History

Trade union badges timeline

1834
Grand National Consolidated Trades Union issues ribbons for members to wear at funerals. Designs for use in the centre of rosettes are referred to as “badges” and sold at a penny ha’penny.

1871
Amalgamated Association of Miners  produces metal badge bearing the union’s name, to be worn suspended from a white ribbon.

1879-82
Locomotive Steam Engine and Firemen’s Society (later ASLEF) issues silver watch-chain fob engraved with the initials of the union and of the owner, a shamrock, rose and thistle, and clasped hands.

1885
Amalgamated Society of Engineers produces badge to commemorate the start of work on the Manchester Ship Canal.

1890
National Amalgamated Society of Brass Workers issues large brass medal to commemorate a strike.

1891
Derbyshire miners’ officials wear “handsome gilt badges” with the motto “united we stand, divided we fall”.
Amalgamated Society of Railway Servants for Scotland commemorates a strike with gold, silver and bronze medallions for use as watch-chain fobs.

1893
Amalgamated Society of Engineers issues badge to its delegates to the Trades Union Congress.

1901
Earliest known Trades Union Congress badge known to have survived – in the Unison Collection.

1904
Earliest badge marking Trades Union Congress to be found in the TUC Collection.

1905
TUC issues porcelain badge for delegates to Congress held at in the Potteries at Hanley, Stoke on Trent.

Badge of the London and Provincial Union of Licensed Vehicle Workers.

Badge of the London and Provincial Union of Licensed Vehicle Workers.

1912
Thousands of workers join a five-week general strike in Brisbane, Australia after members of the Australian Tramway Employees Association are dismissed for wearing their union badges to work. The tramway workers are not reinstated until the Queensland Government acquires the tram system in 1922.

1913
London bus and tube services close down when transport workers strike in support of 12 drivers and conductors suspended by bus operator Tillings for wearing their union badges. The strike was settled after arbitration and led to recognition for the London and Provincial Union of Licensed Vehicle Workers.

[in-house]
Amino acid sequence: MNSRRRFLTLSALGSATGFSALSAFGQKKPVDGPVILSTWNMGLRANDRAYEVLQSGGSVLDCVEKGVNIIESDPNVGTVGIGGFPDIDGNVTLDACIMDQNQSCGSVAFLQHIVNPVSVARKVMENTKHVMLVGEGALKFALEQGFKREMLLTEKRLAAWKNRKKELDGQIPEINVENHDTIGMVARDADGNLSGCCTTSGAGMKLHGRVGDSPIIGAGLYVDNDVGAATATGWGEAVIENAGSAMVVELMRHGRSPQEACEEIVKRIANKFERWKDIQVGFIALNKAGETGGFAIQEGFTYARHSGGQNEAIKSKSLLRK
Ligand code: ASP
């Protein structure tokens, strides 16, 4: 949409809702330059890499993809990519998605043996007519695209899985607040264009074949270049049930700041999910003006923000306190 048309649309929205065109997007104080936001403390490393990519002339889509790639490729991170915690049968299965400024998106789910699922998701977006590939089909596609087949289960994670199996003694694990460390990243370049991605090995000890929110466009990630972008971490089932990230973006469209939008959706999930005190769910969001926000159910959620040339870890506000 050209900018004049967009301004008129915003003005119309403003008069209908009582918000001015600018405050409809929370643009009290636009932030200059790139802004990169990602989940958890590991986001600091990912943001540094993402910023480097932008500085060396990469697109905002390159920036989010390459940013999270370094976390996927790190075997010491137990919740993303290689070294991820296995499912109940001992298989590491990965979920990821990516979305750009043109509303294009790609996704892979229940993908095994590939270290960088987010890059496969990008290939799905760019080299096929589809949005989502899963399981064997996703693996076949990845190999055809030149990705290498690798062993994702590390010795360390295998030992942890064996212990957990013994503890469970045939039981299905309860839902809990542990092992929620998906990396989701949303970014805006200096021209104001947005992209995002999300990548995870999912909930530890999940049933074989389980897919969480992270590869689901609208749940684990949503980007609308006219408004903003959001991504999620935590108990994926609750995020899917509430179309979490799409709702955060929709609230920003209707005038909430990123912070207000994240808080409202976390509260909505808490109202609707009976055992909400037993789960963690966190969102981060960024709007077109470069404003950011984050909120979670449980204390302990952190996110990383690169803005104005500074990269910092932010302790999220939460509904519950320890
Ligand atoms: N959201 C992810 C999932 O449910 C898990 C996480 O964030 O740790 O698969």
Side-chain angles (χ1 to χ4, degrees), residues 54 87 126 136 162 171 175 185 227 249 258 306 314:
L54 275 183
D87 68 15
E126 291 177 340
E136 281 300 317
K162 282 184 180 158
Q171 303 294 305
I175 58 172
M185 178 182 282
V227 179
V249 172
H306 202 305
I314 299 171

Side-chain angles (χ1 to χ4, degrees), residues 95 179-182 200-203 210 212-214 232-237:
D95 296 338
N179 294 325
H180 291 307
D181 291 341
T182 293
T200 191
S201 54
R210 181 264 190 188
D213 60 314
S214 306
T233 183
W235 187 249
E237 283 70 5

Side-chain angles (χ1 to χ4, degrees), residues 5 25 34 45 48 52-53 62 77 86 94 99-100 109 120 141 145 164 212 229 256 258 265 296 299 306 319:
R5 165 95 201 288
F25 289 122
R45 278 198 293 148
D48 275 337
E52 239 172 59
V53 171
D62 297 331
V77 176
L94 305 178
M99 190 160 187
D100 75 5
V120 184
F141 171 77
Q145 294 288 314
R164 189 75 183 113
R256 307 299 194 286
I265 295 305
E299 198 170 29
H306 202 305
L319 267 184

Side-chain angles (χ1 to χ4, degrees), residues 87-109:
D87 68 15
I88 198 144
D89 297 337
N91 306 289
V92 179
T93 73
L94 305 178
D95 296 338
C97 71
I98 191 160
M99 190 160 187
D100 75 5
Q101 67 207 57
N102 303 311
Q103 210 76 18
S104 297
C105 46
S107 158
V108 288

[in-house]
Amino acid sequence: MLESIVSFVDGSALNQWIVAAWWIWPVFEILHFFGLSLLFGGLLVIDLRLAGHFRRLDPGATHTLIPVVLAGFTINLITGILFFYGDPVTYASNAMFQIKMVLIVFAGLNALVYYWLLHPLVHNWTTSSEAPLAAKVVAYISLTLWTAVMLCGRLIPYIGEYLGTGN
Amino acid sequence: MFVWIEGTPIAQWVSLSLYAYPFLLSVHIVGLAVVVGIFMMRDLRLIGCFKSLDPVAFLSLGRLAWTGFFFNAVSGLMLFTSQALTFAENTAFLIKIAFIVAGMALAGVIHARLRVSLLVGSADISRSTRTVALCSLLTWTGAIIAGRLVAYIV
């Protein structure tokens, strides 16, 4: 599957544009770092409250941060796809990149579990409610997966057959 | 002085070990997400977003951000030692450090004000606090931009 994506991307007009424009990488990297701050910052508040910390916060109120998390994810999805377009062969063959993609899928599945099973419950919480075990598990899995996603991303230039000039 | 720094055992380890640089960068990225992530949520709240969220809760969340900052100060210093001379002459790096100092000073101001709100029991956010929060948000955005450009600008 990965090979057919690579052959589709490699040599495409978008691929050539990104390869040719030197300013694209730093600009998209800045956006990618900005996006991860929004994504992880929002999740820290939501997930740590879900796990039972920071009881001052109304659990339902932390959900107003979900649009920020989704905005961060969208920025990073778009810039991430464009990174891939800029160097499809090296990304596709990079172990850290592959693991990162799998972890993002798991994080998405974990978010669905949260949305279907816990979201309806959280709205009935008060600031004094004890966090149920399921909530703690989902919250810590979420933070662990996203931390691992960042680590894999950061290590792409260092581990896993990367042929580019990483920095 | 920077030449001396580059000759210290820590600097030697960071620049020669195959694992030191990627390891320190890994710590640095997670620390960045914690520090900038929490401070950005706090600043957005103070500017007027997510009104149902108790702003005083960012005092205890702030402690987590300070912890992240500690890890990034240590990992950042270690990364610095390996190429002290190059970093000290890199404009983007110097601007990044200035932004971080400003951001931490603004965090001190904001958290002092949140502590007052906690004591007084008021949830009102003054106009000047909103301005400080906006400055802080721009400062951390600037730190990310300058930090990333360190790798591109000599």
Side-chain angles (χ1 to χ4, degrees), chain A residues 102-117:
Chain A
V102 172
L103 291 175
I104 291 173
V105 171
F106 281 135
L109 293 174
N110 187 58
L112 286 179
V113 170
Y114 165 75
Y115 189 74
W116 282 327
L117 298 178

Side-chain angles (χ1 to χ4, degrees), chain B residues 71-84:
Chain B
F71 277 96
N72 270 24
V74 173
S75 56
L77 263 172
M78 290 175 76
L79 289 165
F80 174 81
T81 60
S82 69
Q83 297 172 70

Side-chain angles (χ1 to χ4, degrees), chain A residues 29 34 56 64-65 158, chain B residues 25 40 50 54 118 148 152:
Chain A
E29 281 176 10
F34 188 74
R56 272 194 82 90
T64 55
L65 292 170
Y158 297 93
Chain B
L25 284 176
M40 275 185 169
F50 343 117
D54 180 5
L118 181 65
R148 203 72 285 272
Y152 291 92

Badge of the National Asylum Workers Union.

Badge of the National Asylum Workers Union.

1918
Members of the National Asylum Workers Union at Bodmin walk out after five nurses are dismissed for wearing their union badge while on duty. All are eventually reinstated and win the right to wear their badge.

1920
Messrs J Llyons & Co dismisses Mrs Sparkes, a long-serving member of the catering staff at its flagship teashop on the Strand, for wearing her United Catering Trade Union badge. Around 4,000 “teashop girls” and kitchen workers walk out. Some 1,200 march along the Embankment behind a band to demonstrate outside the Strand Corner House.

1984
Year-long miners’ strike leads to a resurgence in trade union badges, with lodges and areas of the National Union of Mineworkers, and support groups, issueing strike badges to raise funds. 

1985
Trade Union Badge Collectors Newsletter launched, leading to eventual birth of Trade Union Badge Collectors Society. 

2005
Dunnes Stores sacks Dublin shopworker Joanne Delaney for wearing the badge of her union, Mandate. She is reinstated after a Europe-wide email campaign and winning support from Members of the Scottish Parliament.

Prison Officers Association 2007 dispute badge.

2007
Prison Service threatens to discipline members of the Prison Officers Association who wear badges issued by their union to mark a day of action

Sources
The Trade Union Badge: Material Culture in Action, by Paul Martin (Ashgate, 2002);
1912 Brisbane General Strike, Wikipedia;
Traction strike threatens Britain, New York Times;
Dunnes offers to reinstate fired union-member employee,  Ireland Online
Prison staff threaten new strike, BBC News;

Add to FacebookAdd to DiggAdd to Del.icio.usAdd to StumbleuponAdd to RedditAdd to BlinklistAdd to Ma.gnoliaAdd to TechnoratiAdd to FurlAdd to Newsvine

Advertisements
%d bloggers like this: